Troubleshooting System for WiFi Networks Developed

Scientists from the University of California in San Diego developed an automated troubleshooting system for wireless access networks. The system was initially designed for the UCSD computer science building, but its success resulted in a paper presented by the researchers at ACM SIGCOMM, one of the world’s premier networking conferences, held this year in Kyoto, Japan. This system could help enterprises and businesses with complex wired and wireless networks solve connection problems faster and with far less resources.

Professor Stefan Savage (Credit: UCSD) 
Professor Stefan Savage (Credit: UCSD)

Stefan Savage, Professor of Computer Science at UCSD and a lead researcher on the project, said that even though people expect WiFi to work, there is a general understanding that it’s “flakey”. The developed enterprise-scale troubleshooting system is capable of detecting and diagnosing various problems often encountered when using a WiFi connection. “If you have a wireless problem in our building, our system automatically analyzes the behavior of your connection – each wireless protocol, each wired network service and the many interactions between them. In the end, we can say ‘it’s because of this that your wireless is slow or has stopped working’ – and we can tell you immediately,” said Savage.

Diagnosing problems in complex wireless access networks often requires a huge amount of data, expertise and time. These networks get even more complicated, because of issues like shared spectrums, user mobility, authentication management and the interaction between wired and wireless networks. “Wireless networks are hooked on to the wired part of the internet with a bunch of ‘scotch tape and bailing wire’ – protocols that really weren’t designed for WiFi,” explained Savage. “If one of these components has a glitch, you may not be able to use the internet even though the network itself is working fine.”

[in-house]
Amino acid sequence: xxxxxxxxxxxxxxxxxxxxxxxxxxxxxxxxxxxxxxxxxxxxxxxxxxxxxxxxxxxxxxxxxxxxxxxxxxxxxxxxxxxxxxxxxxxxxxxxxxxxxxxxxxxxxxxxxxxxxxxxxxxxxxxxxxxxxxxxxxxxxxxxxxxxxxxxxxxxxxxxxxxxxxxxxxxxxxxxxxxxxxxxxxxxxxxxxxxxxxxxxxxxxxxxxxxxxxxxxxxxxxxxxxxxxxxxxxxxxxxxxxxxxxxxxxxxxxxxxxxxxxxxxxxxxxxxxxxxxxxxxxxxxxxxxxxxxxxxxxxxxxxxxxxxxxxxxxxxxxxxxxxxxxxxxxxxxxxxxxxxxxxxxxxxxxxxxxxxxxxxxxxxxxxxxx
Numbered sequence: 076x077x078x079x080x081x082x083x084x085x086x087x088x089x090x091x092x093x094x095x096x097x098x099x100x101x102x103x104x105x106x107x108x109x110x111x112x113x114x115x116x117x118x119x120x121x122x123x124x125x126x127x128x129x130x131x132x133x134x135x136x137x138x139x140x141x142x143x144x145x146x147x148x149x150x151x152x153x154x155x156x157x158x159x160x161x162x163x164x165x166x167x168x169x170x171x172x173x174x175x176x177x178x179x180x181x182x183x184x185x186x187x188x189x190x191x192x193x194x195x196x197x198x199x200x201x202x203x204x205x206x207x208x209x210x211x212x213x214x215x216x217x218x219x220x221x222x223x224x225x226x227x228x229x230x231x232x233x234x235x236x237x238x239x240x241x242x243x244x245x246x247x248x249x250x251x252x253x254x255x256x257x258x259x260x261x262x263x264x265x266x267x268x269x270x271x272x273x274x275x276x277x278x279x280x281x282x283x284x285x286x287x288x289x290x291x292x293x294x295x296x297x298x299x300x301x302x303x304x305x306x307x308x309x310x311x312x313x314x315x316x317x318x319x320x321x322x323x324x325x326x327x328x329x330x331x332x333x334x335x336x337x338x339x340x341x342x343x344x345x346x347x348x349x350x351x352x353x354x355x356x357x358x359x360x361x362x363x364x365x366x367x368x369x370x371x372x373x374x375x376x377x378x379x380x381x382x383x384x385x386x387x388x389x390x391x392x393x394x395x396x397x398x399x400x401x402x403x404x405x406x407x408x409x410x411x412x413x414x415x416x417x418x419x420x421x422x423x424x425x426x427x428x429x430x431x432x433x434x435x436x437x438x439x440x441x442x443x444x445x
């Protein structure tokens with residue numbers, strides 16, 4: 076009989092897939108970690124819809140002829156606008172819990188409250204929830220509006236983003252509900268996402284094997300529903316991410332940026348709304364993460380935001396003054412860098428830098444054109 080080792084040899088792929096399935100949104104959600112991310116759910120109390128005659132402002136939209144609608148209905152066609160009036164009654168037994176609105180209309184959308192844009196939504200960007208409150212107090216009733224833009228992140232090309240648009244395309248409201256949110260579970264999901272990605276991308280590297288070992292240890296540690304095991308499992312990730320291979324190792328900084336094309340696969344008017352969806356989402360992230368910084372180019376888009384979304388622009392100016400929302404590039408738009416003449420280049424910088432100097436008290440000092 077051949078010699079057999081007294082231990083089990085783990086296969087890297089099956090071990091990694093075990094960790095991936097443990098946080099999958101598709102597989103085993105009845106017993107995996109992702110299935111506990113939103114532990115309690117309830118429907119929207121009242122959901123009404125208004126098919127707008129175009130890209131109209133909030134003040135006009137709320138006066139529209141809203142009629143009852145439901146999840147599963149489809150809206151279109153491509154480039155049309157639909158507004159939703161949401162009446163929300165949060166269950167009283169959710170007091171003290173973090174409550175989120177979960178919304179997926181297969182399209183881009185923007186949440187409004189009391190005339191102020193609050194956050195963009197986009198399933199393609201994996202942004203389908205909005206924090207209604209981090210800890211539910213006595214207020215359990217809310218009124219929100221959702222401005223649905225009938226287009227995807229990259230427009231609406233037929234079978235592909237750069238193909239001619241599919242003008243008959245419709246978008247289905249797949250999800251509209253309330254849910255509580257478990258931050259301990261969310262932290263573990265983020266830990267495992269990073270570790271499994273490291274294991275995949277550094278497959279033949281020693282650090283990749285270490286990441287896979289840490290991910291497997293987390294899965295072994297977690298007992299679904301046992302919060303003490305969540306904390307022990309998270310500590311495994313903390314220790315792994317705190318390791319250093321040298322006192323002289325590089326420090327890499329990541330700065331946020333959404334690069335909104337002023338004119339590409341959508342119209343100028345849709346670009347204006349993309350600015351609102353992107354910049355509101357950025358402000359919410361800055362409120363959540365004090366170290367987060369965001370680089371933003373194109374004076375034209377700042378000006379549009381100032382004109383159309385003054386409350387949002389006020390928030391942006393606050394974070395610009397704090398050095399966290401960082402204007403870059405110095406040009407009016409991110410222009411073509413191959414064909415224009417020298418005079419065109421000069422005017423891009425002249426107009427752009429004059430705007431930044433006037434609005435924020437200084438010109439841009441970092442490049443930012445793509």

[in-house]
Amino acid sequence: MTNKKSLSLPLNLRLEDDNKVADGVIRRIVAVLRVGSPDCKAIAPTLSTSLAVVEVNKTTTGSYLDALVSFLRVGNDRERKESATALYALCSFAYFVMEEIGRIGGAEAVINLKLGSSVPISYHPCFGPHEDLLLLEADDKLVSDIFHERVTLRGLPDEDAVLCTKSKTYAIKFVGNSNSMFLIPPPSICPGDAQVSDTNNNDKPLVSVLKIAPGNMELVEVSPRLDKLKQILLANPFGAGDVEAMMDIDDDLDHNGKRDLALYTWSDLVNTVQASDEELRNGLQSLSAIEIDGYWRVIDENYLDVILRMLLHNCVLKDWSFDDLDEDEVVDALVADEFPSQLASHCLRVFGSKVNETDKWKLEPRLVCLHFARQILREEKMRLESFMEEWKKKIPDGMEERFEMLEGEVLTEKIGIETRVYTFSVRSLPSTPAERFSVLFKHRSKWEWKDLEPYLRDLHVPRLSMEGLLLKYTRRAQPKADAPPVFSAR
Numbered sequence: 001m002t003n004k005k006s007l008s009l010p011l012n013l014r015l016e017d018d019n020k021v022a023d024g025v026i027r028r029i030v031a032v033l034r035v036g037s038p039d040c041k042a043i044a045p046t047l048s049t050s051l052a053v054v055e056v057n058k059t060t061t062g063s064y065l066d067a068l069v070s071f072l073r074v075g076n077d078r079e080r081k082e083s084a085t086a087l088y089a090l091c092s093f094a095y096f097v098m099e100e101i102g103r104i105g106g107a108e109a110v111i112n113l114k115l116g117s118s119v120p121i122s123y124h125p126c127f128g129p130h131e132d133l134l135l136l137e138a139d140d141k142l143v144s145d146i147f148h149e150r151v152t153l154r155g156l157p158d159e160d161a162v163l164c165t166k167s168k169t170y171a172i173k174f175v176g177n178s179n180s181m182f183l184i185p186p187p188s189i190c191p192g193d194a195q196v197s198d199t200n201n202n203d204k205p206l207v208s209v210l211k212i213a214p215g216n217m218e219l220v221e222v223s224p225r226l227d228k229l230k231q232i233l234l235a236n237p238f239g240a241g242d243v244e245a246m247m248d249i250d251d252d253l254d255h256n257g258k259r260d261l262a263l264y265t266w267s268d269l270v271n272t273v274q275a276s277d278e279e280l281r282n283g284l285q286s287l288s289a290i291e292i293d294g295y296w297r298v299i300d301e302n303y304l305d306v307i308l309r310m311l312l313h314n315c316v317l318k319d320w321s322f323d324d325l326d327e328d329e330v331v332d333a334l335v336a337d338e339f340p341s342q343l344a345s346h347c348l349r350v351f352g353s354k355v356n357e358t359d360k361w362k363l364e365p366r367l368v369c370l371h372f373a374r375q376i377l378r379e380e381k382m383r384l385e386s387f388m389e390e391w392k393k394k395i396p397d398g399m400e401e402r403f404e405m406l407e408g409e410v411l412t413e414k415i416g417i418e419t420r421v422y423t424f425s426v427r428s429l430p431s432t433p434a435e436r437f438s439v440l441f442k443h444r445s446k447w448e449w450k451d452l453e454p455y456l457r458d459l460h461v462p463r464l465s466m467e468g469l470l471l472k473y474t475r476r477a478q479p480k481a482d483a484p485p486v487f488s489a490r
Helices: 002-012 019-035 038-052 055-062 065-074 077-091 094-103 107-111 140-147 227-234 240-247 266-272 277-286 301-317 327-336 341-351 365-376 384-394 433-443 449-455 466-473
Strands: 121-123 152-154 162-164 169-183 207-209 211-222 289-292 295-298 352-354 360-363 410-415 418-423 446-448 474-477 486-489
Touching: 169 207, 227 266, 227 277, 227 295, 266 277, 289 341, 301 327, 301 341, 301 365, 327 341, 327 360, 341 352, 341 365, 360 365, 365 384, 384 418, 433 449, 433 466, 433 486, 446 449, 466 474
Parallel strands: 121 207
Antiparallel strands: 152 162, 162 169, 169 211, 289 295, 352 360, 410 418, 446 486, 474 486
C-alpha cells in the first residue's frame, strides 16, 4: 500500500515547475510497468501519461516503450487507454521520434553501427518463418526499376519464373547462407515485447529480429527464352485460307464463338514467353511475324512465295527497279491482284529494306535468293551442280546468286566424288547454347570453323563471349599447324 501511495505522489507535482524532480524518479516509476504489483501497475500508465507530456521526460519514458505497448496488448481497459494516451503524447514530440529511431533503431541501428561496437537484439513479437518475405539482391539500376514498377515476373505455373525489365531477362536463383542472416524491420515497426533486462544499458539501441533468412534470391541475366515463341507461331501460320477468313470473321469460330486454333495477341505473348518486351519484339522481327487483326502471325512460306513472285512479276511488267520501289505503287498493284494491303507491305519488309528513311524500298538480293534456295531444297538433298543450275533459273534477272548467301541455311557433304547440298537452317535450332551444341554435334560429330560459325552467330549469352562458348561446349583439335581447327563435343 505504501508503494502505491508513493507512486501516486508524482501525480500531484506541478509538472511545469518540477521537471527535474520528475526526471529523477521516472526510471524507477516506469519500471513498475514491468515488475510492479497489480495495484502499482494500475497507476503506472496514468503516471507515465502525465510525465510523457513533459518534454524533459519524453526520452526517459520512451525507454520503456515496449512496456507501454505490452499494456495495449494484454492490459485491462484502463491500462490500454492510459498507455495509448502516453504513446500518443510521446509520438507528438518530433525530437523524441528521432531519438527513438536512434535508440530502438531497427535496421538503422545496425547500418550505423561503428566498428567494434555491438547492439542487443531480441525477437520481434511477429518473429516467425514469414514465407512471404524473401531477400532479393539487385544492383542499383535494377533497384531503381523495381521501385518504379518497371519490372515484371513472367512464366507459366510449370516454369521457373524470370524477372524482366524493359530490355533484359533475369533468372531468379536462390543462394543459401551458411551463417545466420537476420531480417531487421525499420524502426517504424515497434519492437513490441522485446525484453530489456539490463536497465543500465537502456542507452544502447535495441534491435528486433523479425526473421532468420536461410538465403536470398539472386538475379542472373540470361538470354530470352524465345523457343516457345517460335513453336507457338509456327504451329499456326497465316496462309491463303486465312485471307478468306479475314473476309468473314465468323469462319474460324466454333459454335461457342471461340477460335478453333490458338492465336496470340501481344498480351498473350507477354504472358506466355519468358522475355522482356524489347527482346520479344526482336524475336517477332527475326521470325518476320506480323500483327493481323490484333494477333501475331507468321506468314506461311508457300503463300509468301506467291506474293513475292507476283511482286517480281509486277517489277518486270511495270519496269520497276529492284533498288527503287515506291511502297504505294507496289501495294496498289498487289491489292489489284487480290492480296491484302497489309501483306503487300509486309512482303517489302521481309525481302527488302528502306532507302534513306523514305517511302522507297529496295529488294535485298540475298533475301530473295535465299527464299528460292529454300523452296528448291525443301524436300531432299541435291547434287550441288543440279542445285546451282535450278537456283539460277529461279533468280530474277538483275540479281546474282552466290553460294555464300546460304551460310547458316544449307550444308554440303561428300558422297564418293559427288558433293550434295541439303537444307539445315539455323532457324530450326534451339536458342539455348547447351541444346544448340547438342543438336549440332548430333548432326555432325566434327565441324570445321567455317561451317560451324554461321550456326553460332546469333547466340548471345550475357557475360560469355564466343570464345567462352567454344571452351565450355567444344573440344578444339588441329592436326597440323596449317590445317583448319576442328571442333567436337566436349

Yu-Chung Cheng, a computer science Ph.D. student at UCSD and a lead author on the paper, explained that many network problems today aren’t easily detectable even by network administrators – many aren’t consistent and have numerous possible reasons for occurring. “We’ve created a virtual wireless expert who is always at work,” said Cheng.

The UCSD automated “help-desk” system has been running within the Computer Science building for about 9 months – after approximately 2 years of data collection and analysis. According to Savage, the research team is currently testing and troubleshooting WiFi-based Voice-Over-IP (VOIP) phones – “Our system is the ultimate laboratory for testing new wireless gadgets and new approaches to building wireless systems” – he said.

More information on the UCSD WiFi troubleshooting system can be found here.

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Sarah Gingichashvili

Sarah is a Computer Science and Business Management student at the Hebrew University in Jerusalem. Currently she is spending most of her time either at the university laboratories or tutoring at MEET - Middle East Education through Technology project, where she works as a programming instructor

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